It's been a while since I've blogged! I'm hoping to blog more this year than I did last year. One improvement I'm making to my blog process is org2blog mode. I spend a lot of my day in Emacs and so it's pretty typical that I write notes and at least a portion of blog posts in Emacs, often all of it. org-mode for Emacs is easy to use library for marking up plain text. I had been using it to write blog posts for sometime, however I would typically export from org-mode to HTML, then paste it into WordPress's editor. This was time consuming (though still easier than writing the whole entry in the WordPress editor). As a result, fewer blog posts made the transition from org-mode to WordPress. This process is now very stream-lined thanks to org2blog.
Setting up org2blog
The first snag I hit setting up org2blog was an outdated version of org-mode. Although the project page doesn't specify a version (just saying the latest) I found that it needs definitely newer than version 6.34. If you're using the version shipped with emacs, you will probably need to upgrade (23.1 which is what I'm using came with 6.21). When I tried to use org2blog to post a new draft of this blog post with that old version of org-mode, I received an error that it could execute the org-find-exact-headline-in-buffer function. It looks like that function didn't exist in the older copies of org-mode. I pulled from the org-mode git repo and followed these instructions to set up the new version.
To push up new blog entries to WordPress, org2blog uses the elisp xml-rpc library. This is easy to install if you have ELPA (if you don't have ELPA, follow these instructions). With the proper version of org and xml-rpc, org2blog is ready to be installed. I pulled down the org2blog source code (from git://github.com/punchagan/org2blog.git) and added the below elisp to my Emacs startup:
(setq load-path (cons "~/path/to/org2blog/" load-path)) (require 'org2blog) (setq org2blog/wp-blog-alist '(("blog-name" :url "http://blog.address.com" :username "Blog User Name" :default-title "" :default-categories ("Some Category") :tags-as-categories nil)))
You can eval the above code or restart Emacs. To make sure it's working you can try
M-x org2blog/wp-login to see if it can connect to your blog.
org2blog mode has several interactive functions for blogging. To create a new entry use
M-x org2blog/wp-new-entry. This creates a new (unsaved) buffer that has org-mode markup already in it to indicate category, blog title, date, etc. After adding content and setting a title etc, running
M-x org2blog/wp-post-buffer will upload the contents of the buffer as a new draft (not yet publishing it), to the blog you specify. The blog matches blog-name that you configured in your org2blog setup. After transporting the blog post, it then asks you if you'd like to open the draft in a browser. I like this feature a lot, it makes it easy for me to verify that the markup converts properly (until I get more confidence in it) and assures me that it's still in draft mode (making sure an entry doesn't get published prematurely).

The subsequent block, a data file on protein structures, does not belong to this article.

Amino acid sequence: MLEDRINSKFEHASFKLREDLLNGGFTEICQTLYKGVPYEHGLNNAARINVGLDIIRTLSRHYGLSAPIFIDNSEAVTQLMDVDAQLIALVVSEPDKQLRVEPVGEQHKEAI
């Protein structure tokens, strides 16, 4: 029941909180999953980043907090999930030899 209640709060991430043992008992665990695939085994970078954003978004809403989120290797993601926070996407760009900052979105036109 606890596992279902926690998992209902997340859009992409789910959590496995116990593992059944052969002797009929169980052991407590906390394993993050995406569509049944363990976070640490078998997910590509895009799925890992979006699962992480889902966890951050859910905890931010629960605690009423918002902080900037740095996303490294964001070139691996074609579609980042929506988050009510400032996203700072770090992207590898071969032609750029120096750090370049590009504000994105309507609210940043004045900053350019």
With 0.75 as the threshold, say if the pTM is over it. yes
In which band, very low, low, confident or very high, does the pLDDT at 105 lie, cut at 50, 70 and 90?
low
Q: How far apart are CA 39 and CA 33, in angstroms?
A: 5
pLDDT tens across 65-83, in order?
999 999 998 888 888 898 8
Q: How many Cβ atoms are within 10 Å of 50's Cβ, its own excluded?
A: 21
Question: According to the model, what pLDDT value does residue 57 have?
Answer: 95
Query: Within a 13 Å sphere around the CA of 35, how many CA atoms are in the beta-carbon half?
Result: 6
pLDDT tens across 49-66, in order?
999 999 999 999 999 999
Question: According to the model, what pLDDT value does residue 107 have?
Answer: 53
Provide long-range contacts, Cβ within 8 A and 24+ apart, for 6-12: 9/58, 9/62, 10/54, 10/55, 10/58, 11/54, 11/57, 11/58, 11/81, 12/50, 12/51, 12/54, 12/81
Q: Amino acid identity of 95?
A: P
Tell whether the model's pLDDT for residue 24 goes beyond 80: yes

Something I found unexpected is that when it creates the post, your local copy is still live. When creating the entry it fputs identifier information in the heading along with the title. So you can post a draft, make a few changes and post that same draft again, and it will update that existing entry (not create a new entry).
Below are some useful functions that can be invoked via
M-x (or bound to a key)
|org2blog/wp-new-entry||Creates a new blank blog entry with the headers added|
|org2blog/wp-post-buffer||Posts the buffer as a draft to the WordPress instance|
|org2blog/wp-preview-buffer-post||Opens a tab in a browser to preview the blog post|
|org2blog/wp-post-buffer-and-publish||Publishes a draft|
Yesterday I accepted a position at Revelytix. I'll be starting in March. They're a tech company that is working on Sematic Web technologies. I'm looking forward to the cutting edge technologies and digging into the Semantic web. I'll be working with Alex Miller and a few others as we start on development of a new product. Expect some posts on the Semantic Web, Clojure and Scala!
I've not had a post for quite a while now. Graduate school picked back up in August and things ramped up at work pushing to make a deadline. These things didn't leave much time for writing! I graduated in December and things have calmed down a bit at work so I'm looking forward to doing some more writing. More to come in 2010!